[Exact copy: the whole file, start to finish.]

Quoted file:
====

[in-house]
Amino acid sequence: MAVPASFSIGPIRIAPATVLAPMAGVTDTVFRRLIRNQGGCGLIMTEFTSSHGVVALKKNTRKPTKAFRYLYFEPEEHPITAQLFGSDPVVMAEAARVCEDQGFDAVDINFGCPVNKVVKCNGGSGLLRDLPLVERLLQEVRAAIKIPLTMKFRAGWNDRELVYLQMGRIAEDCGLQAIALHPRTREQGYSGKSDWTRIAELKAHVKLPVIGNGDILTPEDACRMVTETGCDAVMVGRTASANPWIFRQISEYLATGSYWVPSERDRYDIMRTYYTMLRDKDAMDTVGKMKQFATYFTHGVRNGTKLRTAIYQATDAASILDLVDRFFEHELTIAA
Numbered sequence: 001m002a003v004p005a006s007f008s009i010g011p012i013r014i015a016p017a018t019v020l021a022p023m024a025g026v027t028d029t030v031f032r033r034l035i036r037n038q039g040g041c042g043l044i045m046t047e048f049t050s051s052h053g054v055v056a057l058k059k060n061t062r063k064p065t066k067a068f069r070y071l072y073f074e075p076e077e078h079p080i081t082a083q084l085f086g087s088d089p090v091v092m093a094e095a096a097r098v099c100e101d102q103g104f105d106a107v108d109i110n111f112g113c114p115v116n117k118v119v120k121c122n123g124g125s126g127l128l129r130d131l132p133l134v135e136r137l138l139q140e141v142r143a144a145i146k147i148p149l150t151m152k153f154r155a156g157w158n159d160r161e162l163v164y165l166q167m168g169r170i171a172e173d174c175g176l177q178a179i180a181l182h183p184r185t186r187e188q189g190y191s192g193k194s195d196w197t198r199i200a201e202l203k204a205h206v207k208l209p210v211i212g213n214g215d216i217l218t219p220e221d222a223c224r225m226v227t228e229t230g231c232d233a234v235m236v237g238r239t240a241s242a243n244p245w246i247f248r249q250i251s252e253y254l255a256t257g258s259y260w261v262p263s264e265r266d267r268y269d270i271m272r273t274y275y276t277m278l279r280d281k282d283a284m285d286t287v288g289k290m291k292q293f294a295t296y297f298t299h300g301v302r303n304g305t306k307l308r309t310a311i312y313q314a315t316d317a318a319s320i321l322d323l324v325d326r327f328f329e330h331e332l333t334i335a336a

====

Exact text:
[in-house]
Amino acid sequence: MAVPASFSIGPIRIAPATVLAPMAGVTDTVFRRLIRNQGGCGLIMTEFTSSHGVVALKKNTRKPTKAFRYLYFEPEEHPITAQLFGSDPVVMAEAARVCEDQGFDAVDINFGCPVNKVVKCNGGSGLLRDLPLVERLLQEVRAAIKIPLTMKFRAGWNDRELVYLQMGRIAEDCGLQAIALHPRTREQGYSGKSDWTRIAELKAHVKLPVIGNGDILTPEDACRMVTETGCDAVMVGRTASANPWIFRQISEYLATGSYWVPSERDRYDIMRTYYTMLRDKDAMDTVGKMKQFATYFTHGVRNGTKLRTAIYQATDAASILDLVDRFFEHELTIAA
Numbered sequence: 001m002a003v004p005a006s007f008s009i010g011p012i013r014i015a016p017a018t019v020l021a022p023m024a025g026v027t028d029t030v031f032r033r034l035i036r037n038q039g040g041c042g043l044i045m046t047e048f049t050s051s052h053g054v055v056a057l058k059k060n061t062r063k064p065t066k067a068f069r070y071l072y073f074e075p076e077e078h079p080i081t082a083q084l085f086g087s088d089p090v091v092m093a094e095a096a097r098v099c100e101d102q103g104f105d106a107v108d109i110n111f112g113c114p115v116n117k118v119v120k121c122n123g124g125s126g127l128l129r130d131l132p133l134v135e136r137l138l139q140e141v142r143a144a145i146k147i148p149l150t151m152k153f154r155a156g157w158n159d160r161e162l163v164y165l166q167m168g169r170i171a172e173d174c175g176l177q178a179i180a181l182h183p184r185t186r187e188q189g190y191s192g193k194s195d196w197t198r199i200a201e202l203k204a205h206v207k208l209p210v211i212g213n214g215d216i217l218t219p220e221d222a223c224r225m226v227t228e229t230g231c232d233a234v235m236v237g238r239t240a241s242a243n244p245w246i247f248r249q250i251s252e253y254l255a256t257g258s259y260w261v262p263s264e265r266d267r268y269d270i271m272r273t274y275y276t277m278l279r280d281k282d283a284m285d286t287v288g289k290m291k292q293f294a295t296y297f298t299h300g301v302r303n304g305t306k307l308r309t310a311i312y313q314a315t316d317a318a319s320i321l322d323l324v325d326r327f328f329e330h331e332l333t334i335a336a